Day 8 (Part 1): Albany

Since it was very cold when we woke up just after 7am, we had a lazy start. Himself went off to take photos while Herself caught up with emails, etc.
Eventually we got moving. We found a parking spot that was big enough for the mobile home just a block off th Main Street, and started our walking tour in the very cold, mostly cloudy, windy conditions.

As we passed St Patrick’s Catholic church, a funeral had not long finished so the church was open. we were warmly welcomed by a lady who blessed us and encouraged us to go inside and take a long around. Unfortunately, we didn’t feel right taking photos in the church when there were still people in there talking.

Next stop, Dog Rock. This is a naturally occurring piece of Rock that juts out of the ground in such a way that it looks like the head of a dog. Scale was hard to show but his collar is as thick as an adult’s legs are long!20130603-212031.jpg
Across the road was a motel with a pretty garden which included these striking grevilleas.

We then made our way down the Main Street, York Street, which was very quaint but way too busy with traffic, both vehicular and pedestrian, to take photos. The first building that really caught our attention was Town Hall which, sadly, was locked up.20130603-212134.jpg Across the road and a little further down the street is the Scots Uniting church (also closed).

We were very fortunate that St. John the Evangelist Anglican Church was open. 20130603-212202.jpg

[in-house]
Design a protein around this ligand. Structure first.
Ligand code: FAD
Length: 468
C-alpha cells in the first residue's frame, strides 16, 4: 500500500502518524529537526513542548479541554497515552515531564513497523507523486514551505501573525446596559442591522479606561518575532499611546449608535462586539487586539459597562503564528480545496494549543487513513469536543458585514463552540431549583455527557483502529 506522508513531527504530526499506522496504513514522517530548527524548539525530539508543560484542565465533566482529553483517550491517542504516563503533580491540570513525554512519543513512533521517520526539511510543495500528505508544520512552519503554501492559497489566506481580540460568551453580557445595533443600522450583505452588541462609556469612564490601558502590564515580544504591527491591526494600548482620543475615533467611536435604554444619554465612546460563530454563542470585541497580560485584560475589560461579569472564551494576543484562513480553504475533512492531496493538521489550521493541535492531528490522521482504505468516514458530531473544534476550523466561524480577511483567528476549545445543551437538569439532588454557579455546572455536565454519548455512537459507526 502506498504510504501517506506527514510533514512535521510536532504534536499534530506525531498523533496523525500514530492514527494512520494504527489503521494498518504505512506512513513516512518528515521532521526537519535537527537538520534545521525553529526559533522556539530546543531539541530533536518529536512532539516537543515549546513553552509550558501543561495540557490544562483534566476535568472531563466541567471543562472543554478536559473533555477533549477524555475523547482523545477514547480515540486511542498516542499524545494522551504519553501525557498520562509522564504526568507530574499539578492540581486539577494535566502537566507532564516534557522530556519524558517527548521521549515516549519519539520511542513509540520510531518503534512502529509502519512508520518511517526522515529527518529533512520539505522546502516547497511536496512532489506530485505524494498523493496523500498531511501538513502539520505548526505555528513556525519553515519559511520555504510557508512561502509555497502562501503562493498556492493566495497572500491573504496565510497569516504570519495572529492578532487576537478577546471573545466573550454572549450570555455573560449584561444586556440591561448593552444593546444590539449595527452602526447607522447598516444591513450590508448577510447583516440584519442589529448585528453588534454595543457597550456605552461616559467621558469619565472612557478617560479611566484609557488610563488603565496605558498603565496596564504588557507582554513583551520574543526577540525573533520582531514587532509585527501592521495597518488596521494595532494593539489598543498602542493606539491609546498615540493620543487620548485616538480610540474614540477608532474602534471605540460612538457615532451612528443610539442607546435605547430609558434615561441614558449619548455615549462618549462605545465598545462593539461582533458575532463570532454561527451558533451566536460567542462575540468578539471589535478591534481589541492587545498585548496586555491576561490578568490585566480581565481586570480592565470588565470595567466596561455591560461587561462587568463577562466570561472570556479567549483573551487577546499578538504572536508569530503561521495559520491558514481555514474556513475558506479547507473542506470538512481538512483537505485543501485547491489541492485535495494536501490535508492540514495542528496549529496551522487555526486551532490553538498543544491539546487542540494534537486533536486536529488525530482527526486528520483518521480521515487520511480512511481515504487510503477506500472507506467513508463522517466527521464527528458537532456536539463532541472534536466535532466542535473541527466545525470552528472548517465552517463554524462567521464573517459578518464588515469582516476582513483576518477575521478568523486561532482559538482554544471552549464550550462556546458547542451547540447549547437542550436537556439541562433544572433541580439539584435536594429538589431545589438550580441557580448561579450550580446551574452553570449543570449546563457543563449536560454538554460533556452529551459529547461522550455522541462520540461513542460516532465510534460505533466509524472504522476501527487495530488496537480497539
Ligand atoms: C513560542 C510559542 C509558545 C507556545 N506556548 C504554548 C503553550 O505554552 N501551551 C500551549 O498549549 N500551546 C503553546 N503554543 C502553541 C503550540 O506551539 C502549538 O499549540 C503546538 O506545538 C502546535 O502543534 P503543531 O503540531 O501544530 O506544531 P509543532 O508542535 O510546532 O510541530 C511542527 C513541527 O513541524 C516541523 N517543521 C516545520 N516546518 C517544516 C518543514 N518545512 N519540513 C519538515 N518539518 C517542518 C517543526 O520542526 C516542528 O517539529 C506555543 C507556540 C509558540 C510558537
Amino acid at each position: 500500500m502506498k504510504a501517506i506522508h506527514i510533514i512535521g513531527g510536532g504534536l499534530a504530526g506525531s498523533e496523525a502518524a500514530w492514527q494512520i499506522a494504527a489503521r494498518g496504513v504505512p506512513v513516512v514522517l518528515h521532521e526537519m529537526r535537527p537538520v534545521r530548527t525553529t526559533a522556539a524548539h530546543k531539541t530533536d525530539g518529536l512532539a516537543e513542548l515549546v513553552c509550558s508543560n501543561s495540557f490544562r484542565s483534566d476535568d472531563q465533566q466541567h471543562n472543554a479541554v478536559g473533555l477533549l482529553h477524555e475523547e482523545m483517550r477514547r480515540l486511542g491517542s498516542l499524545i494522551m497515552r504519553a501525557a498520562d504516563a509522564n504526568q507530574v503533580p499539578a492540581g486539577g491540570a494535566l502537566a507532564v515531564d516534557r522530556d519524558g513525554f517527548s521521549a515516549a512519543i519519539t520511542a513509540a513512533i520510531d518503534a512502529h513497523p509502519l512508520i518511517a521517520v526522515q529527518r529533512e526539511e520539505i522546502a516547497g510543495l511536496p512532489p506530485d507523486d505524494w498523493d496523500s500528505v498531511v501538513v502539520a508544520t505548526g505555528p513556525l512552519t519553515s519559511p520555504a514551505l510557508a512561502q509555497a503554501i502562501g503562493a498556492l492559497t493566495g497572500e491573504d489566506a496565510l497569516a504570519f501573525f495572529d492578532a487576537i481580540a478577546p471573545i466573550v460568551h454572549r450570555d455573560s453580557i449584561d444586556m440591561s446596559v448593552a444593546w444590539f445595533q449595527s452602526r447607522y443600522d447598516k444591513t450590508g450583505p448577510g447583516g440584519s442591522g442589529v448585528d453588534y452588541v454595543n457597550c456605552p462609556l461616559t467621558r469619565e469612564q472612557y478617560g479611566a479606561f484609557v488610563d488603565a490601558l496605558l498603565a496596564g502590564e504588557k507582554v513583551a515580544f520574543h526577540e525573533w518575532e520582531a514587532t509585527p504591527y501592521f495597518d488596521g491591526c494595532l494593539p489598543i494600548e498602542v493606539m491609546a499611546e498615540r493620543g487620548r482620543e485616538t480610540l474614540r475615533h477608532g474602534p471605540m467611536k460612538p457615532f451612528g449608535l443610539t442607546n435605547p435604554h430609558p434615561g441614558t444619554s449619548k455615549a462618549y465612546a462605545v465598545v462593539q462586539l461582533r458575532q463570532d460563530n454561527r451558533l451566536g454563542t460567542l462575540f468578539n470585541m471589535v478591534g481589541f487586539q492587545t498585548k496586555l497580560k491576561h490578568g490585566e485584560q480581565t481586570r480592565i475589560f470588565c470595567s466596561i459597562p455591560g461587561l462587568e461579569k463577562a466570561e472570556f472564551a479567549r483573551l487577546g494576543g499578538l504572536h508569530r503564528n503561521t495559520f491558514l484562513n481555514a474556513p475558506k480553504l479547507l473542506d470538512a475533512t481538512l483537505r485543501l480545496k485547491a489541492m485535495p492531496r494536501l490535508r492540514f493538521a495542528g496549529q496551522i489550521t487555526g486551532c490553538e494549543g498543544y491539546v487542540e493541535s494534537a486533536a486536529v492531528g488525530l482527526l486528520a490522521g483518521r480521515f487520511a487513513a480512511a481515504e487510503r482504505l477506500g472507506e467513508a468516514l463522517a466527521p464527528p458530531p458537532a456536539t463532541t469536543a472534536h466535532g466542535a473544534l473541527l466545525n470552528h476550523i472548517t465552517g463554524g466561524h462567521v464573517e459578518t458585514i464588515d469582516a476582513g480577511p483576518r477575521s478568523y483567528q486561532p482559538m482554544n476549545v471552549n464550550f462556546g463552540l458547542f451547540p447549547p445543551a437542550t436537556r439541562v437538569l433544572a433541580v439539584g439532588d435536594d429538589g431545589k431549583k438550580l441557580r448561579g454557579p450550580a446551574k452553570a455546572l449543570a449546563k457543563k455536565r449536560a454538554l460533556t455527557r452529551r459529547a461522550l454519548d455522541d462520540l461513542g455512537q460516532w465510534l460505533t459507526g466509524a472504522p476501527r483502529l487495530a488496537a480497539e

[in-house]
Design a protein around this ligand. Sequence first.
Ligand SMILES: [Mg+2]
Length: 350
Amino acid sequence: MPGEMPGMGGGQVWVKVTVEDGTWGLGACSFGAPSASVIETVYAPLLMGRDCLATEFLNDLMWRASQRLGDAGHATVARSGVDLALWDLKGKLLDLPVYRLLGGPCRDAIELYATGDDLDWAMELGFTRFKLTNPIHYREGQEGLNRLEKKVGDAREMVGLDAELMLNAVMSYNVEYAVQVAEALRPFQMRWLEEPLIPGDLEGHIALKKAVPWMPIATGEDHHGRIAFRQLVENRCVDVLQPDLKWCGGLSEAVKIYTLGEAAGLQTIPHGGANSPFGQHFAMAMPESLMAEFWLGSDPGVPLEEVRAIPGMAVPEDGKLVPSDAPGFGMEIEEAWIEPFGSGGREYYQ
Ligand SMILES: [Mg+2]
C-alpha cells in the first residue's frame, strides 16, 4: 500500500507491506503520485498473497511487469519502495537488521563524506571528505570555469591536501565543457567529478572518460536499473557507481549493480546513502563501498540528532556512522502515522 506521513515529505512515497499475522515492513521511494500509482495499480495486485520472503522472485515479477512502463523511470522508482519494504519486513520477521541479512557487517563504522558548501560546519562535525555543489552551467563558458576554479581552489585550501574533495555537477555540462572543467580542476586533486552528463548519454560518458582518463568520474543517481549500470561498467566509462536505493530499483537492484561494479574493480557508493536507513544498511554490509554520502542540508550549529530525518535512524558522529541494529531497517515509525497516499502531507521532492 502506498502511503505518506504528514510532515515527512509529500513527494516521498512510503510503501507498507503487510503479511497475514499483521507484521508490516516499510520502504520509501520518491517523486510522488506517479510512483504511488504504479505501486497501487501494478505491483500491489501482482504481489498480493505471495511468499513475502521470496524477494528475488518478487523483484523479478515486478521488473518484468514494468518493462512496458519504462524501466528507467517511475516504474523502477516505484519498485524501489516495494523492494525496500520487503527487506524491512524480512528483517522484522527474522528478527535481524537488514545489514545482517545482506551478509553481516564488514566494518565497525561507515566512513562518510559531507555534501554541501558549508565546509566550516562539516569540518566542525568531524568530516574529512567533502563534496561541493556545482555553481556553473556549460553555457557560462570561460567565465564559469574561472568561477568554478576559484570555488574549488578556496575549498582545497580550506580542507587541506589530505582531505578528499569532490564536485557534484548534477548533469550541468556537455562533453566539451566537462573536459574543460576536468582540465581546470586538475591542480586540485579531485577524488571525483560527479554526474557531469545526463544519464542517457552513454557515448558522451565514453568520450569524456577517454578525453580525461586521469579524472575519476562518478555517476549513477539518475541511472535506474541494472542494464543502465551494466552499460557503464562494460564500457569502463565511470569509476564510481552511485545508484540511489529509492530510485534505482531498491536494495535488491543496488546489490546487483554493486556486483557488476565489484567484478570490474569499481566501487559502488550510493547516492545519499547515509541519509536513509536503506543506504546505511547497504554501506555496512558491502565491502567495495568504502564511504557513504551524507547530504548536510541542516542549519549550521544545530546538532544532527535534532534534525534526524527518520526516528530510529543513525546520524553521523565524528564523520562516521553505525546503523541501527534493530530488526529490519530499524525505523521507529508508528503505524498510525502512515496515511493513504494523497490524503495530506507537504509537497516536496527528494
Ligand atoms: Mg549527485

It is only available for viewing between 10am and 2pm Monday to Friday when volunteers available. Unfortunately, most of the volunteers are elderly and some have been threatened so they have less volunteers than they might otherwise have. St John’s is the first consecrated church in Western Australia (1848). It was built in 1844 and has been extended with the addition of a porch, a lady’s chapel and a high altar and choir gallery. The front of the original church ended where the archway in the photo below is.20130603-212237.jpgIt has beautiful stained glass windows in the original part of the church.
20130603-212314.jpg Each seat in the Lady’s Chapel has its own unique needle-pointed kneelers. There was one in a beautiful Bargello style but Herself didn’t ask Himself to take a photo. It is a lovely church; we could easily have spent more time looking around.

The first ever ANZAC dawn service was held in St John’s by Reverend White in 1930. He then went up onto Mt Clarendon to oversee the dropping of a wreath into the sea where the first convoy of ships carrying ANZAC troops gathered. The convoy, carrying 30,00 troops, departed Australia on 1st November 1914. So many Australian volunteered that a second convoy left on 31st December.

The rectory is next door to the church. The original house was built in 1850 and the first floor was added in 1875.20130603-212353.jpg
Just down the road is the Wesley Uniting Church with a pretty manse. 20130603-212433.jpg20130603-215207.jpgThe Scots and the Wesleyans alternate services between the two church buildings which make Herself smile!

Another block away, we found the old Courthouse with a unique archway which apparently was original built using no cement. It takes quite some skill to make an archway from granite that is self supporting and there are two on this building.20130603-212505.jpg
Across the road from the Courthouse are some replica stocks, which were used as a form of punishment for minor crimes. Herself found this rogue who needed punishment! 20130603-212537.jpg

The Old Gaol, built in the 1850s by convicts, was quite close but it was lunch time so we returned to our van to eat.


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